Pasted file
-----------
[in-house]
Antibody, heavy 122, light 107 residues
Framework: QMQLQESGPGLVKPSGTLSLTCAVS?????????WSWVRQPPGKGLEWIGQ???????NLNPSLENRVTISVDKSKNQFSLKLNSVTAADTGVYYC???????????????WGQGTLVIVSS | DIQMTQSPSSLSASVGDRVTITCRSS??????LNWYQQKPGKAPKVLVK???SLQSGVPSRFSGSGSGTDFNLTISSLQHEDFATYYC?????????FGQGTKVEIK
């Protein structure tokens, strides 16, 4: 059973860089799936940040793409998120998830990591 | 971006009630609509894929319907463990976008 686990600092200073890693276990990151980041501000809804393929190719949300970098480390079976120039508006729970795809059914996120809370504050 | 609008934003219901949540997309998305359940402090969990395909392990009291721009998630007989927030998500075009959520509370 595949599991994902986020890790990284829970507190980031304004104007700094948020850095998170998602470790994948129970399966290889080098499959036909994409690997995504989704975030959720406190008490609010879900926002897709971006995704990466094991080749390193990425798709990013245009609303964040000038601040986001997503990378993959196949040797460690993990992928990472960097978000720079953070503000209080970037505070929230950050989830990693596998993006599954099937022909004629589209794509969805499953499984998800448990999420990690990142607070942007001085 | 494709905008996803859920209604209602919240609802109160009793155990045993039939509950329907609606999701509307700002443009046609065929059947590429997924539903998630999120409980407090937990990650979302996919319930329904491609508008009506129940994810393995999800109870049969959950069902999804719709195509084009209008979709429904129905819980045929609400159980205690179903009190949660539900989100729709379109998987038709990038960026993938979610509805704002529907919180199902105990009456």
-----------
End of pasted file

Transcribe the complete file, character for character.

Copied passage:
[in-house]
Antibody, heavy 122, light 107 residues
Framework: QMQLQESGPGLVKPSGTLSLTCAVS?????????WSWVRQPPGKGLEWIGQ???????NLNPSLENRVTISVDKSKNQFSLKLNSVTAADTGVYYC???????????????WGQGTLVIVSS | DIQMTQSPSSLSASVGDRVTITCRSS??????LNWYQQKPGKAPKVLVK???SLQSGVPSRFSGSGSGTDFNLTISSLQHEDFATYYC?????????FGQGTKVEIK
């Protein structure tokens, strides 16, 4: 059973860089799936940040793409998120998830990591 | 971006009630609509894929319907463990976008 686990600092200073890693276990990151980041501000809804393929190719949300970098480390079976120039508006729970795809059914996120809370504050 | 609008934003219901949540997309998305359940402090969990395909392990009291721009998630007989927030998500075009959520509370 595949599991994902986020890790990284829970507190980031304004104007700094948020850095998170998602470790994948129970399966290889080098499959036909994409690997995504989704975030959720406190008490609010879900926002897709971006995704990466094991080749390193990425798709990013245009609303964040000038601040986001997503990378993959196949040797460690993990992928990472960097978000720079953070503000209080970037505070929230950050989830990693596998993006599954099937022909004629589209794509969805499953499984998800448990999420990690990142607070942007001085 | 494709905008996803859920209604209602919240609802109160009793155990045993039939509950329907609606999701509307700002443009046609065929059947590429997924539903998630999120409980407090937990990650979302996919319930329904491609508008009506129940994810393995999800109870049969959950069902999804719709195509084009209008979709429904129905819980045929609400159980205690179903009190949660539900989100729709379109998987038709990038960026993938979610509805704002529907919180199902105990009456």